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Why protein is not enough: the roles of plants and plant processing in delivering the dietary requirements of modern and early Homo.

Butterworth, PJ; Ellis, PR; Wollstonecroft, MM; (2016) Why protein is not enough: the roles of plants and plant processing in delivering the dietary requirements of modern and early Homo. In: Hardy, K and Kubiak-Martens, L, (eds.) Wild Harvest: Plants in the hominin and pre-agrarian human worlds. (pp. 31-54). Oxbow Books: Oxford.

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Abstract

Until recently, serious archaeological discussion about the role of plant foods in the human diet, evolution, and health, and the essential roles of plant harvesting and processing systems in prehistoric economies have been overlooked in favour of meat and hunting. Yet, it is well known that a diet consisting of protein alone has biochemical and physiological consequences that cause ill-health and ultimately death; among the consequences are poisoning of the central nervous system proficiency and impaired renal function, bone de-mineralisation, impaired gut function, and disturbed hormonal production, altogether creating a perfect storm that brings about nausea, discomfort of the digestive system, weight loss, and deterioration in health. This chapter examines these problems, demonstrating that, as well as with the production of potentially toxic ammonia, the most likely health risk in a proteinonly diet is what it fails to provide, i.e., adequate production of glucose to satisfy the requirements of glucose-dependent tissues such as the human brain and red blood cells, as well as a range of critical micronutrients, which are readily available from plants. Plants are good sources of carbohydrates, polyunsaturated fatty acids, vitamin C, minerals, phytochemicals (e.g., polyphenols, stanols/sterols), and nonstarch polysaccharides (dietary fibre), all of which may contribute to alleviating the adverse consequences listed above. We then examine factors that influence peoples’plant food choices, and conclude that there is interdependence between culinary knowledge, technical choice, and dietary decisions pertaining to edible plants. It is argued that, on a global scale, this interdependence explains much about the different regional historical processes that gave rise to local culinary and husbandry traditions.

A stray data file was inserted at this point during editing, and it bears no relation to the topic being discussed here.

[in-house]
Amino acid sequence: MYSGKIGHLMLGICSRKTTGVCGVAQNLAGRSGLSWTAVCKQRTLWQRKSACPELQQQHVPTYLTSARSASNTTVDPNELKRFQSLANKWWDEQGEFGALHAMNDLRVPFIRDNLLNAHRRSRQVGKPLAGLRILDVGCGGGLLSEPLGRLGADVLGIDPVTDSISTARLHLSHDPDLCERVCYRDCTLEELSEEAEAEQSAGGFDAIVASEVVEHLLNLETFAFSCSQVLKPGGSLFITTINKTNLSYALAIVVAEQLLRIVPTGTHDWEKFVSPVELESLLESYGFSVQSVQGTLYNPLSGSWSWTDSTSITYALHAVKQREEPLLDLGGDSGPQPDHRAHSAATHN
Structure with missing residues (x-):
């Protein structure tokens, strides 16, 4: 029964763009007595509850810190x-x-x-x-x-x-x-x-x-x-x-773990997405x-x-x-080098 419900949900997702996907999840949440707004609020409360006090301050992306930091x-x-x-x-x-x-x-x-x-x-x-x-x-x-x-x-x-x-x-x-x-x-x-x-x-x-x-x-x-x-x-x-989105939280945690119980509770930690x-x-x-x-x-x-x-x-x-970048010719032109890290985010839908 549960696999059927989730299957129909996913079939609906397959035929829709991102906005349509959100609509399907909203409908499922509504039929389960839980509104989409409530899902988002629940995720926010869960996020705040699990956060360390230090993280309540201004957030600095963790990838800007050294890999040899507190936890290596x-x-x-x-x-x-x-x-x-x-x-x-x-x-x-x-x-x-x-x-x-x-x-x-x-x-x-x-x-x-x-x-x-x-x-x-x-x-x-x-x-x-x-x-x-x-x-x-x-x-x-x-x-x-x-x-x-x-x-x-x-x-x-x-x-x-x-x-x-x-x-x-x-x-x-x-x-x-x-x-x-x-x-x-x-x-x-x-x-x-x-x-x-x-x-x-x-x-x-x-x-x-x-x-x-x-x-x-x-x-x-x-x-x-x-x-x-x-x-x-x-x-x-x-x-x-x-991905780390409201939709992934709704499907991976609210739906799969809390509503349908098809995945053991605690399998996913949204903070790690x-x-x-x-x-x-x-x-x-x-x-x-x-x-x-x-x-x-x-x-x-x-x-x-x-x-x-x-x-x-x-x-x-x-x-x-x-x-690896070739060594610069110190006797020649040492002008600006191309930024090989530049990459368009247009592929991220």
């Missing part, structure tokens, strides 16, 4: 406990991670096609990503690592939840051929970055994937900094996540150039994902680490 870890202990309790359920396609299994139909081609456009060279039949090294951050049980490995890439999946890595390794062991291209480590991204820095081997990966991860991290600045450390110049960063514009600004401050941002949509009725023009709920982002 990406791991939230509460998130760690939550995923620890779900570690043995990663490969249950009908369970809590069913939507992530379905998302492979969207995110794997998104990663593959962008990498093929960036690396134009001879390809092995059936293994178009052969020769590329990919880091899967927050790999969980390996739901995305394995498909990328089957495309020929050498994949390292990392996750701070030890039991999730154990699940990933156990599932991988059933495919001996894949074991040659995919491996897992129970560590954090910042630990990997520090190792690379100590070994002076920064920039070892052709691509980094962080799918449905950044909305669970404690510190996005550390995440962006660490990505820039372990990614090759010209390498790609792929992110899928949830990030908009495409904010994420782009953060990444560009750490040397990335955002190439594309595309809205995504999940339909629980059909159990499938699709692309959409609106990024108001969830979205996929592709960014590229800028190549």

Type: Book chapter
Title: Why protein is not enough: the roles of plants and plant processing in delivering the dietary requirements of modern and early Homo.
ISBN-13: 9781785701238
Publisher version: http://www.oxbowbooks.com/
Keywords: Hominin dietary requirements, protein, potentially toxic ammonia, plants, plant processing
UCL classification: UCL > Provost and Vice Provost Offices > UCL SLASH
UCL > Provost and Vice Provost Offices > UCL SLASH > Faculty of SandHS > Institute of Archaeology
UCL > Provost and Vice Provost Offices > UCL SLASH > Faculty of SandHS > Institute of Archaeology > Institute of Archaeology Gordon Square
URI: http://discovery.ucl.ac.uk/id/eprint/1493136
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